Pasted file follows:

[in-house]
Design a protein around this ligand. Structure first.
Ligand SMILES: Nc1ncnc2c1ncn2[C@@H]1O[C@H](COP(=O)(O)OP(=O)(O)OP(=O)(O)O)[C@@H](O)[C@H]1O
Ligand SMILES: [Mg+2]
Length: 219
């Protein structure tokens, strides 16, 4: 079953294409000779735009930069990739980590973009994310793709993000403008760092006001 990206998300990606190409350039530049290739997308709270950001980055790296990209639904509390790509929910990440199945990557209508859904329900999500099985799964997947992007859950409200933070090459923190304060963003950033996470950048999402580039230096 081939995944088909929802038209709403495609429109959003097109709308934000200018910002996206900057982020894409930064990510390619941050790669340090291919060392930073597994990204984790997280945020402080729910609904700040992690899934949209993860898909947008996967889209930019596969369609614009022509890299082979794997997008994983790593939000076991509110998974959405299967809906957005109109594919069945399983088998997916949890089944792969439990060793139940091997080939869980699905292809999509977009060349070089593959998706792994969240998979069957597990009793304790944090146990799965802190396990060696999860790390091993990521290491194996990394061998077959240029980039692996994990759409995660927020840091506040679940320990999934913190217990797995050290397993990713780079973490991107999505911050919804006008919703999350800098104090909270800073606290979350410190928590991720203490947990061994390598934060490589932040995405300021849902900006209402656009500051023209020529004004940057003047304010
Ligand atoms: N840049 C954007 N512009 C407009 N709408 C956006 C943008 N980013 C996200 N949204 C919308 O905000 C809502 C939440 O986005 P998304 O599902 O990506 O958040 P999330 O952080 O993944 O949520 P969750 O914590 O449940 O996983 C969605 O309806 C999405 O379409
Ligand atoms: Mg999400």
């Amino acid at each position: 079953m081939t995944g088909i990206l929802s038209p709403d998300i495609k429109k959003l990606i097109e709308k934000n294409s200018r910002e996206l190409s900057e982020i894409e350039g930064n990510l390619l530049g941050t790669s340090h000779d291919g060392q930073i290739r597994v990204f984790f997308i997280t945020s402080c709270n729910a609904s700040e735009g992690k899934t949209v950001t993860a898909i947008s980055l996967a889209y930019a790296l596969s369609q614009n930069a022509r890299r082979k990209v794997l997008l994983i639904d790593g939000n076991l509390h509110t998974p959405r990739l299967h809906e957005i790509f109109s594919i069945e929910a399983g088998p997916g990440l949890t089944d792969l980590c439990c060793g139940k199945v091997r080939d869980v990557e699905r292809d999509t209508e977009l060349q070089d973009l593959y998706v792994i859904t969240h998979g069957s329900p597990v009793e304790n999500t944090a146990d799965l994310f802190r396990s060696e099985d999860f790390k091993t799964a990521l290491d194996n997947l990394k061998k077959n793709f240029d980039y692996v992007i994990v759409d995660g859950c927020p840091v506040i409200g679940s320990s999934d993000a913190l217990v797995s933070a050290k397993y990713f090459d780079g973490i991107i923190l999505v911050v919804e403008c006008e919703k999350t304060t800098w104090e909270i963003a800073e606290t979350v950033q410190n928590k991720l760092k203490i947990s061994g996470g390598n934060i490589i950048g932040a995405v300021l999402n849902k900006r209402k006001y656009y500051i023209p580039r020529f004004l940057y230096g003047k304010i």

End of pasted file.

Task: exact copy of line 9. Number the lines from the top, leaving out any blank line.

């Amino acid at each position: 079953m081939t995944g088909i990206l929802s038209p709403d998300i495609k429109k959003l990606i097109e709308k934000n294409s200018r910002e996206l190409s900057e982020i894409e350039g930064n990510l390619l530049g941050t790669s340090h000779d291919g060392q930073i290739r597994v990204f984790f997308i997280t945020s402080c709270n729910a609904s700040e735009g992690k899934t949209v950001t993860a898909i947008s980055l996967a889209y930019a790296l596969s369609q614009n930069a022509r890299r082979k990209v794997l997008l994983i639904d790593g939000n076991l509390h509110t998974p959405r990739l299967h809906e957005i790509f109109s594919i069945e929910a399983g088998p997916g990440l949890t089944d792969l980590c439990c060793g139940k199945v091997r080939d869980v990557e699905r292809d999509t209508e977009l060349q070089d973009l593959y998706v792994i859904t969240h998979g069957s329900p597990v009793e304790n999500t944090a146990d799965l994310f802190r396990s060696e099985d999860f790390k091993t799964a990521l290491d194996n997947l990394k061998k077959n793709f240029d980039y692996v992007i994990v759409d995660g859950c927020p840091v506040i409200g679940s320990s999934d993000a913190l217990v797995s933070a050290k397993y990713f090459d780079g973490i991107i923190l999505v911050v919804e403008c006008e919703k999350t304060t800098w104090e909270i963003a800073e606290t979350v950033q410190n928590k991720l760092k203490i947990s061994g996470g390598n934060i490589i950048g932040a995405v300021l999402n849902k900006r209402k006001y656009y500051i023209p580039r020529f004004l940057y230096g003047k304010i």